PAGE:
NASA taps trio of companies to build the next generation of lunar rover

At $4.6 billion, this Moon malarkey is getting expensive

NASA has selected three companies to develop designs for a lunar terrain vehicle (LTV) to transport astronauts around the Moon.

Worth $4.6 billion in total, the award will kick off with a year-long feasibility task order before eventually resulting in an LTV that will see action as part of the Artemis V mission, possibly in 2029.

The agency said: "NASA will issue additional task orders to provide unpressurized rover capabilities for the agency's moonwalking and scientific exploration needs through 2039."

Only one provider will receive the award for a demonstration mission ahead of Artemis V to validate the vehicle's performance and safety.

Intuitive Machines, Lunar Outpost, and Venturi Astrolab are the three companies selected.

Intuitive Machines' pitch is the Moon RACER [PDF], and its partners include Boeing and Northrop Grumman, as well as Michelin and AVL (Anstalt fur Verbrennungskraftmaschinen List). Michelin will be responsible for the wheels, Northrop Grumman will deal with the power systems, and Boeing will lead the LTV system's design and support the vehicle's fabrication and testing.

Lunar Outpost is leaning on Lockheed Martin, General Motors, Goodyear, and MDA Space for its Lunar Dawn vehicle. GM will be tasked with providing the chassis and powertrain, Goodyear will be working on the tires, and MDA Space will deal with the robotics – essential for the uncrewed uses NASA forsees for the LTV.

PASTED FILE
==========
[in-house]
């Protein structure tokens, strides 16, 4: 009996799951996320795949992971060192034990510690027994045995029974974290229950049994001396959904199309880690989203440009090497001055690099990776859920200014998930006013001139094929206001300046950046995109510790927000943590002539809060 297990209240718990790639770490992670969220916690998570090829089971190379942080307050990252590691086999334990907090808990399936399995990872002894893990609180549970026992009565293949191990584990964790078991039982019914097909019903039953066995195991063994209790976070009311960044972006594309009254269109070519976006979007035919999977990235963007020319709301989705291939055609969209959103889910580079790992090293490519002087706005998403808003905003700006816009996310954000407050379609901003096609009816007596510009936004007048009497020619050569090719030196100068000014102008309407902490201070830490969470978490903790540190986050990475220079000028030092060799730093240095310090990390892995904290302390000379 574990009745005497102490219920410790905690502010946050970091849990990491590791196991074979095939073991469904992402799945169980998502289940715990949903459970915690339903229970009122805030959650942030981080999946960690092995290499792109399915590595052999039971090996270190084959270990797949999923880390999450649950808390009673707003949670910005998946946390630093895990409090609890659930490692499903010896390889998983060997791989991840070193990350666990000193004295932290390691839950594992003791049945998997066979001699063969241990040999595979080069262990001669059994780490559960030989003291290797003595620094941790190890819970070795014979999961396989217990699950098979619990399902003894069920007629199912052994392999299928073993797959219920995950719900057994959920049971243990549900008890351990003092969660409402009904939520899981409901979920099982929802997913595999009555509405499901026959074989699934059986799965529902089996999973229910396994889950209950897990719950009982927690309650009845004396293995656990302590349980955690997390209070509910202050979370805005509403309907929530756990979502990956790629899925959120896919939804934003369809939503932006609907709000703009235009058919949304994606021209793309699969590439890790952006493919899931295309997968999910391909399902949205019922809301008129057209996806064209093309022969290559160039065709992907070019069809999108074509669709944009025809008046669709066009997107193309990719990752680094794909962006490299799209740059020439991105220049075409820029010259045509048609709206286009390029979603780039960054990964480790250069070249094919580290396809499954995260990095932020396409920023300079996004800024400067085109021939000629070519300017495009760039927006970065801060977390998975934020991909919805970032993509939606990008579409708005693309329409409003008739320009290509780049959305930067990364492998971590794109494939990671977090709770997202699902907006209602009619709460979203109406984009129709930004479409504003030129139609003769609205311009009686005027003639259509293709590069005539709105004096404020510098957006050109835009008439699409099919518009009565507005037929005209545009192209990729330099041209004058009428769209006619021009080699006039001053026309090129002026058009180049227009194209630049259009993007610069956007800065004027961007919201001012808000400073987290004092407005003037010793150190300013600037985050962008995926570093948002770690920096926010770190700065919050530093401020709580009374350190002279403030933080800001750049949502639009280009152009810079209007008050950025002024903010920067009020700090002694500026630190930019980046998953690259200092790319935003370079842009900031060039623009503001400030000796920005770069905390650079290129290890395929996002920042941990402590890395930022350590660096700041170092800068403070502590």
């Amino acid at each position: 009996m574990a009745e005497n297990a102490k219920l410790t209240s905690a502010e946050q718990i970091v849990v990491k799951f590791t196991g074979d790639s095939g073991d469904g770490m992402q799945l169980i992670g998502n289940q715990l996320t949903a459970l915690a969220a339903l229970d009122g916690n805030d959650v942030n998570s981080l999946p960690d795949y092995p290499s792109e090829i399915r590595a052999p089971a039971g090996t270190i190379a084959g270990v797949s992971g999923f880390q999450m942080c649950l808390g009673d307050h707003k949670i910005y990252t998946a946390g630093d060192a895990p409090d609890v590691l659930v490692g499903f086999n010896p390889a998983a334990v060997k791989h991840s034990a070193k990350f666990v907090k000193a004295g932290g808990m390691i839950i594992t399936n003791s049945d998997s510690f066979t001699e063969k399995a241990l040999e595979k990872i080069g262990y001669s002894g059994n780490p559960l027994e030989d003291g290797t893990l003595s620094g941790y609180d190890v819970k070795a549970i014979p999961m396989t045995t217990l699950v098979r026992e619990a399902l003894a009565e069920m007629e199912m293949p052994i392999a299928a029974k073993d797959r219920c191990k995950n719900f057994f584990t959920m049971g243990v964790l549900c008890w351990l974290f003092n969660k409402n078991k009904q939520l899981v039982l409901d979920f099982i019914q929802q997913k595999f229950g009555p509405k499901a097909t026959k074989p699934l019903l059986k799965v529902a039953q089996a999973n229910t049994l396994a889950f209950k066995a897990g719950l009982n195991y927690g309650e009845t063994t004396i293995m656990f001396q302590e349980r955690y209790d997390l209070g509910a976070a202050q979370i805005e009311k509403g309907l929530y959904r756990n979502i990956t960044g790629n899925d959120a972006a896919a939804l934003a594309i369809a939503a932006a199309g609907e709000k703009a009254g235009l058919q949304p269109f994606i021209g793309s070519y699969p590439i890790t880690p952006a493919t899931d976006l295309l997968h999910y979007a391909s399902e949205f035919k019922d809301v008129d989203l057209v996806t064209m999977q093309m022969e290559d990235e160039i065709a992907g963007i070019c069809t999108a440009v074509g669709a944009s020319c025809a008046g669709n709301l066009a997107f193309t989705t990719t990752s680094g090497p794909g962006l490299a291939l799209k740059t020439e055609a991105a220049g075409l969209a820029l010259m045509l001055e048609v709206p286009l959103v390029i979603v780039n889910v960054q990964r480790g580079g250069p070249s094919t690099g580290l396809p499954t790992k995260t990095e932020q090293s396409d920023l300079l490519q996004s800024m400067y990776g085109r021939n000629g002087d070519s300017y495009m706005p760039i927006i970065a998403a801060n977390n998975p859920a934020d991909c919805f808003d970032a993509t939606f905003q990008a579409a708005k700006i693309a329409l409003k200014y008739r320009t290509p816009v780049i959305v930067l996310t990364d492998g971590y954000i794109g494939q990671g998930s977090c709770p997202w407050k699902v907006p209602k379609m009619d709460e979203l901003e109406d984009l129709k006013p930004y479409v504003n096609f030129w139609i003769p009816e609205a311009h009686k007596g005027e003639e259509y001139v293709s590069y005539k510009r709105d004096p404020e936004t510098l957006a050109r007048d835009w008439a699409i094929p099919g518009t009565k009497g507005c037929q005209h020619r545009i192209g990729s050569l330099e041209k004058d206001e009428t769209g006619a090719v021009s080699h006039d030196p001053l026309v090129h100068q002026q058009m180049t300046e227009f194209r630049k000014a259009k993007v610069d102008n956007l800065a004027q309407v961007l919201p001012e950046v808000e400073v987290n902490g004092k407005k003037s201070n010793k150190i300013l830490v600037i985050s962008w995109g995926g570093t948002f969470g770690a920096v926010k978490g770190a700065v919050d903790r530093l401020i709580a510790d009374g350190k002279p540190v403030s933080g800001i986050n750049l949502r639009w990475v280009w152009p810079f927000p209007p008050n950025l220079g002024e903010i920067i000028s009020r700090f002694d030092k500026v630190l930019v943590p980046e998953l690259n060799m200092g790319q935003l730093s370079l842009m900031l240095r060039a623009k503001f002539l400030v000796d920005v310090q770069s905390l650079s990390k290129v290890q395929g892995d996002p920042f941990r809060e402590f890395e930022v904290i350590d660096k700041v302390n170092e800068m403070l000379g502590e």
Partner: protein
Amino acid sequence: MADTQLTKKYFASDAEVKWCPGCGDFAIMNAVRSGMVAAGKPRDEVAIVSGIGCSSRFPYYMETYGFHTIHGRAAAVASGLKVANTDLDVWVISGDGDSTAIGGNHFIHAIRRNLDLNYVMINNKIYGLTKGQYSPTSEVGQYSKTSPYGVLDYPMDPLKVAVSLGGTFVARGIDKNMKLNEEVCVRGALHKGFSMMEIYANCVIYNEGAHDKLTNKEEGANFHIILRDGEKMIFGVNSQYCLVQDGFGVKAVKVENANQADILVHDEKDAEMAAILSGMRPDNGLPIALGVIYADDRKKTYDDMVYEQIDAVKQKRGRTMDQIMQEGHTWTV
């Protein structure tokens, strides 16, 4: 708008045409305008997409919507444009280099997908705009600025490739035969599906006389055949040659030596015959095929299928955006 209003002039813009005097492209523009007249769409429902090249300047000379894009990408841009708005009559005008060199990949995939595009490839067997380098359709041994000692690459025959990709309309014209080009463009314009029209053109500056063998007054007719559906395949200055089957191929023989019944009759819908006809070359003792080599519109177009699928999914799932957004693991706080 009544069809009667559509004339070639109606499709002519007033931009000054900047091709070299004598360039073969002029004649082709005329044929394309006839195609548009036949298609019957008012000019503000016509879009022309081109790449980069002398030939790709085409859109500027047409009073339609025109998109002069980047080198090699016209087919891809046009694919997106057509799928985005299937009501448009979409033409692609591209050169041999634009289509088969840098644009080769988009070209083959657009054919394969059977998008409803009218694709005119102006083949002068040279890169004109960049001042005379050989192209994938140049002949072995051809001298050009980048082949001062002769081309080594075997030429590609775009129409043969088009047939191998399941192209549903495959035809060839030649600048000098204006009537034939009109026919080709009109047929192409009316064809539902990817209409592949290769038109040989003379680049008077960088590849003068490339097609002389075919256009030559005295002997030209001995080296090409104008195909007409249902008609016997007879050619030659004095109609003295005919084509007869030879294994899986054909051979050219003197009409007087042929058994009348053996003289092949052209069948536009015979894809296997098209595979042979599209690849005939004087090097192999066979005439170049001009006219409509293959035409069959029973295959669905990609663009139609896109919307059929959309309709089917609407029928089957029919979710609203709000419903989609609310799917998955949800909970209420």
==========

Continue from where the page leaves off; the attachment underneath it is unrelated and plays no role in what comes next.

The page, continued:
Rounding out the trio is Venturi Astrolab, which showed off its prototype of a Moon buggy in 2022. The design has improved in the months since, according to the company.

Astrolab said its contract was worth up to $1.9 billion, and partners include Axiom Space and Odyssey Space Research.

The full amount of funding will not be disbursed immediately. Intuitive Machines said that creating the feasibility roadmap would net $30 million.

NASA plans to use the rover to transport crews and equipment around the lunar surface. The LTV provider will also be able to use the vehicle for commercial purposes unrelated to NASA activities between the Artemis missions, which are currently expected to take place once a year.

It will be more than 50 years since NASA last used a rover to transport its astronauts on the Moon. Apollo 15, 16, and 17 all used a Lunar Roving Vehicle (LRV) carried on the side of the Lunar Module. All three rovers remain on the Moon. A fourth was constructed for the canceled Apollo 18 mission but used instead for spare parts.

According to NASA, the prime contractor for the Apollo LRV was Boeing (with Delco as a major sub-contractor). The original cost-plus-incentive-fee contract was worth $19 million, but the final cost was $38 million, or a shade under $300 million in 2024 dollars.

The Apollo LRV was developed in 17 months. ®

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